Like most people with any humanity at all, I have been caught up in the ripple of horror, grief, fear and utter disgust which swept the world in the week leading up to and including Easter 2016, which revealed once again the depravity of which humanity at its worst is capable.
At a personal level, too, life has been tough: not for me, but for close family and friends. We spent the last days of Lent waiting for death to release a suffering family member. A close friend fell, cracked bones, and is in hospital. Other friends have had traumatic issues to deal with.
There has been no shortage of life crucifying us, both collectively and personally.
How do we cope with all this? My response to personal and collective pain has always been to turn to the natural world which at present is full of the beautiful vibrancy of fresh daffodils – and to poetry, which never fails to offer consolation. I was looking through my archive of quotes and found this one, which I found helpful to read today. I hope you do too…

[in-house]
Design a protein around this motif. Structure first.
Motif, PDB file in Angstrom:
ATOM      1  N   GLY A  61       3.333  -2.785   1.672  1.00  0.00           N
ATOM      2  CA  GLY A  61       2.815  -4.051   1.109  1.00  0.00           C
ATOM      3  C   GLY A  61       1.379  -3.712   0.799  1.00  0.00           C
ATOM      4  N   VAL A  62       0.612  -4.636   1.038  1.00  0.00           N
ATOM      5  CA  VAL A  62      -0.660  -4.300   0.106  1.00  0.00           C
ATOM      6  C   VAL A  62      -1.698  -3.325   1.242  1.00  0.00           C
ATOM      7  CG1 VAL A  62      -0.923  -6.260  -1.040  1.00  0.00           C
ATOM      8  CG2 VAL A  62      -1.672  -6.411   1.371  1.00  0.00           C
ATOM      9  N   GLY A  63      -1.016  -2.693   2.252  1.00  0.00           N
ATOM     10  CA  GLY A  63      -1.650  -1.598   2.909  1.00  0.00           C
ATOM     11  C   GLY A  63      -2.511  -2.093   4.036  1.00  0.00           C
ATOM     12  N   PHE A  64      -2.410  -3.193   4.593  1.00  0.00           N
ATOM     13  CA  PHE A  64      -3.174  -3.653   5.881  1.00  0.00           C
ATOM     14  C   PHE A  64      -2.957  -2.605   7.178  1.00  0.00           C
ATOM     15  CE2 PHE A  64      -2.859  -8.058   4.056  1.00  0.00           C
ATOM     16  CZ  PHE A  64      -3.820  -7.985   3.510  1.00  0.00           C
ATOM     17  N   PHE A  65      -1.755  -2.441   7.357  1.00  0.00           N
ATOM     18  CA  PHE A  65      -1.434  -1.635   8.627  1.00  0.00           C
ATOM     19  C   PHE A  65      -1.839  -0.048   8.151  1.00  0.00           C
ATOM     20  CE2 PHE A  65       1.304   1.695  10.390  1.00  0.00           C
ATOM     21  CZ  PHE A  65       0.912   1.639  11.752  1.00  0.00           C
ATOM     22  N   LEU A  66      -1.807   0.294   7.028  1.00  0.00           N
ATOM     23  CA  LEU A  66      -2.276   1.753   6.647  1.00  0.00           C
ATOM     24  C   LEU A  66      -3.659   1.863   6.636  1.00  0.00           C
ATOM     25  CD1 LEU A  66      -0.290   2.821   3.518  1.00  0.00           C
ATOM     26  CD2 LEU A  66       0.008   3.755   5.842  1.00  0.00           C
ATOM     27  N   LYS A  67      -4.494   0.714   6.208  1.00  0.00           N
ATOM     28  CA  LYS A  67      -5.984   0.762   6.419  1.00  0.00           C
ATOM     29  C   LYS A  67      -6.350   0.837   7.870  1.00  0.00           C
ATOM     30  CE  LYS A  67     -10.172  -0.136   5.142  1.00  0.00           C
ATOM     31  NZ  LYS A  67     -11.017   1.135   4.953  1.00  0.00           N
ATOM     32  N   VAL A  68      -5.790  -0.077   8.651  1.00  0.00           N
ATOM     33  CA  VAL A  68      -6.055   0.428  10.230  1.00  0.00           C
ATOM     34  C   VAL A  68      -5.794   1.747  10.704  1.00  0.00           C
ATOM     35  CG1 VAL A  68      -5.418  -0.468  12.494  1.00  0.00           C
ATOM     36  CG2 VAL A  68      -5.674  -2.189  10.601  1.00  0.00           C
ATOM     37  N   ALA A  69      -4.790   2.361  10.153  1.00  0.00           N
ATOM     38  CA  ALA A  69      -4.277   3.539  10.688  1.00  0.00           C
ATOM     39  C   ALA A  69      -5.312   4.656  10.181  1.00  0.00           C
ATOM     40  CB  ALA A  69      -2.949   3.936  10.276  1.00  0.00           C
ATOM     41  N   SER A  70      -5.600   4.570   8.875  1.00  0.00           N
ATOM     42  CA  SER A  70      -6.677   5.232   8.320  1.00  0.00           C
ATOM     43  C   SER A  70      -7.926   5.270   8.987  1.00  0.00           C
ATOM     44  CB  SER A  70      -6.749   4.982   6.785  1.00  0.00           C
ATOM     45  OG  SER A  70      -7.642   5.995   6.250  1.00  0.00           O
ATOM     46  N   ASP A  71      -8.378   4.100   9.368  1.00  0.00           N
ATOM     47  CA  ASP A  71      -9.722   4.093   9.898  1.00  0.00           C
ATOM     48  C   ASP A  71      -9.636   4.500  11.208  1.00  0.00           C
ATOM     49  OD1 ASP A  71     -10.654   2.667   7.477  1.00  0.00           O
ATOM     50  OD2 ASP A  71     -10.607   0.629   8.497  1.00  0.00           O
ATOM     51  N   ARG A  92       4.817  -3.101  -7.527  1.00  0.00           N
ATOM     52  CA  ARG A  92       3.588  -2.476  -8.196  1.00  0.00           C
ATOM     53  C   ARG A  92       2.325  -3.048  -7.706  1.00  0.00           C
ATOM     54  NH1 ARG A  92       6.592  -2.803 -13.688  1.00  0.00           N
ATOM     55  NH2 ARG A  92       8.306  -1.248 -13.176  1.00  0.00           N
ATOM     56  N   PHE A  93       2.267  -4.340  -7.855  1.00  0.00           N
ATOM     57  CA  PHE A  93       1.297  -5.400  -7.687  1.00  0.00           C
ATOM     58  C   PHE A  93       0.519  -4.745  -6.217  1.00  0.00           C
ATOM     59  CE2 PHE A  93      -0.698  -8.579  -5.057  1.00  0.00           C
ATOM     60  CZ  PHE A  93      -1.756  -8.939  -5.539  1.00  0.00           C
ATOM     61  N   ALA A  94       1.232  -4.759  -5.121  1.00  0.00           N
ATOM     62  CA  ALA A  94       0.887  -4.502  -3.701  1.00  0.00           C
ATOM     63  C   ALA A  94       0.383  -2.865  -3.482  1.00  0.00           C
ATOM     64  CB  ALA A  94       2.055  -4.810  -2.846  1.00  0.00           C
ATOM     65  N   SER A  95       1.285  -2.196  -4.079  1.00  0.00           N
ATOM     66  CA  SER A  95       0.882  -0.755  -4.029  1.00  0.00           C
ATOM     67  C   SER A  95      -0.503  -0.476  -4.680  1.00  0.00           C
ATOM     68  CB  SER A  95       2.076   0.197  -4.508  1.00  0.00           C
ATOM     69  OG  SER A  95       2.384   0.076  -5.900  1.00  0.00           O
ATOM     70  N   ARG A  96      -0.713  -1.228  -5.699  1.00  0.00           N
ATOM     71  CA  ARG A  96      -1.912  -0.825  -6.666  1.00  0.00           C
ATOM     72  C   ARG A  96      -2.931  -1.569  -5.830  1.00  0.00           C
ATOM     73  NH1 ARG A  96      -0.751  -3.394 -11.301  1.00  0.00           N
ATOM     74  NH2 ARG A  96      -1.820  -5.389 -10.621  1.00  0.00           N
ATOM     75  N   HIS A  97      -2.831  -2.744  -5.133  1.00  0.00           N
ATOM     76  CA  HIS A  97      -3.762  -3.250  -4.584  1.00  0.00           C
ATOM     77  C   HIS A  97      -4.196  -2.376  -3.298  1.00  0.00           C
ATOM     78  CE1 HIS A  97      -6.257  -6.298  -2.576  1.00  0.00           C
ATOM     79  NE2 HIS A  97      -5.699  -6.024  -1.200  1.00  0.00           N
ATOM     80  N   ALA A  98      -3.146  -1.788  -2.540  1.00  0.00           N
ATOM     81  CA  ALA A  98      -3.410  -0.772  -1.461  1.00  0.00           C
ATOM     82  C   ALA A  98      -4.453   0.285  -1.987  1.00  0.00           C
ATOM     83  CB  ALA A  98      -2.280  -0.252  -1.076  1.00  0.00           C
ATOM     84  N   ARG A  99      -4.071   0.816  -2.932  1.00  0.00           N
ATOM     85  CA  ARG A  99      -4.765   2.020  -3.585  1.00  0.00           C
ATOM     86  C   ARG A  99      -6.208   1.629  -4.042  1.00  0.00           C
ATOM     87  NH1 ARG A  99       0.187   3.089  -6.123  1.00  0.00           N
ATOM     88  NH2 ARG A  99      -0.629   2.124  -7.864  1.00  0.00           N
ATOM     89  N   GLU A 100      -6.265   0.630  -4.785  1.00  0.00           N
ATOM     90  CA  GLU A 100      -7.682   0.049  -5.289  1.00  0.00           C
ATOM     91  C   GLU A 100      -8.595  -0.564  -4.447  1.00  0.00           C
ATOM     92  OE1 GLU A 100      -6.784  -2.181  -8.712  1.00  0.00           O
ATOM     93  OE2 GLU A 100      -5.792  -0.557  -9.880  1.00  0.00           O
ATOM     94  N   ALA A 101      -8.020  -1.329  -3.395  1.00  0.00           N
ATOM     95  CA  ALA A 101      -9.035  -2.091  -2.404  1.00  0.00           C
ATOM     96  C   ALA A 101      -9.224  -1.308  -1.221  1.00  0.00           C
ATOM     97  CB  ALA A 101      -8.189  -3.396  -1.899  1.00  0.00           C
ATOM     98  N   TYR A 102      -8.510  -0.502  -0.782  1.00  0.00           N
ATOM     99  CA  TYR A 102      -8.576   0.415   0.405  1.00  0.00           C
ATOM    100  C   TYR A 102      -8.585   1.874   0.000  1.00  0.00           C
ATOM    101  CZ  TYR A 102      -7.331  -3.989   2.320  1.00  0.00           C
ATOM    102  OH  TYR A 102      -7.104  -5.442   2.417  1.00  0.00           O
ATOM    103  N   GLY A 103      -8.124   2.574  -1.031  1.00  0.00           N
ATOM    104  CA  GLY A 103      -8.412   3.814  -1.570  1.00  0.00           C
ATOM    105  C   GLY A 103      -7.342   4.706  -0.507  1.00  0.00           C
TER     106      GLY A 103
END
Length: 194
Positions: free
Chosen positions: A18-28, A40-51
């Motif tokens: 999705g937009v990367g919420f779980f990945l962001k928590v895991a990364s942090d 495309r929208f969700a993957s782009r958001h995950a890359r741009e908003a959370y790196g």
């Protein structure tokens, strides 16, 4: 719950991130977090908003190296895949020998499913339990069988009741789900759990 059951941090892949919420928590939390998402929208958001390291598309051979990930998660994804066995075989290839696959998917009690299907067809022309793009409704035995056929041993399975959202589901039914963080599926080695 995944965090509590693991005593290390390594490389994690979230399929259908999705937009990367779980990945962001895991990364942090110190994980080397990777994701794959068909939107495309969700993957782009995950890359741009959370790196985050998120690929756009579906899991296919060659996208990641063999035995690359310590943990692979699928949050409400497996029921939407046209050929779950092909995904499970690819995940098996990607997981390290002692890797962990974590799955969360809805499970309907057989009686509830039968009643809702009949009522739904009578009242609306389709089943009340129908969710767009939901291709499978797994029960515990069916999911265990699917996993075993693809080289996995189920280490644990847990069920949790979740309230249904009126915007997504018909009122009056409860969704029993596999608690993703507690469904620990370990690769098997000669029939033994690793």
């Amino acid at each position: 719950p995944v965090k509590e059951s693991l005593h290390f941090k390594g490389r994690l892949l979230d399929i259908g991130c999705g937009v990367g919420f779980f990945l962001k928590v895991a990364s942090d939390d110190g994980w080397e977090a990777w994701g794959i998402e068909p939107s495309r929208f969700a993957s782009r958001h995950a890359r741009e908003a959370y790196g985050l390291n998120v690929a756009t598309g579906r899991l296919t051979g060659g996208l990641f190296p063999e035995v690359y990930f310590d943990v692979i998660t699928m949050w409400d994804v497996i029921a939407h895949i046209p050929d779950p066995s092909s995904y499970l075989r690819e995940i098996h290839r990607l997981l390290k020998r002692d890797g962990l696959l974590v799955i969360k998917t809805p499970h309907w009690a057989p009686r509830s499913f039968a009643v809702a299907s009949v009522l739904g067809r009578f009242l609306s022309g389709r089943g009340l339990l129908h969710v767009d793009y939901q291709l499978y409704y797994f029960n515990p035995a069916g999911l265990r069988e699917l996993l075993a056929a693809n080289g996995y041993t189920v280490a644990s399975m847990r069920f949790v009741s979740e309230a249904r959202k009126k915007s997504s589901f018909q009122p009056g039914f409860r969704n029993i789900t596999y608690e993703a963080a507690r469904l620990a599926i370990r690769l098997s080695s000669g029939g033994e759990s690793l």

. “ There is an ancient Aztec Indian prayer that reflects on the preciousness of life and the fleetingness of it. As the Aztecs thank the Creator for their life and breath, they acknowledge that they are only on loan to each other for a short while, and just like the drawings that they have made in crystalline obsidian fade, so, too, will their life quickly be gone.
‘Oh, only for so short a while you have loaned us
to each other, because we take form in your act
of drawing us.
And we take life in your painting us,
And we breathe in your singing us.
But only for so short a while have you loaned us
to each other.’ ”
(from p55, PRAYING OUR GOODBYES The Spirituality of Change by Joyce Rupp 1988)
350 words copyright Anne Whitaker 2016
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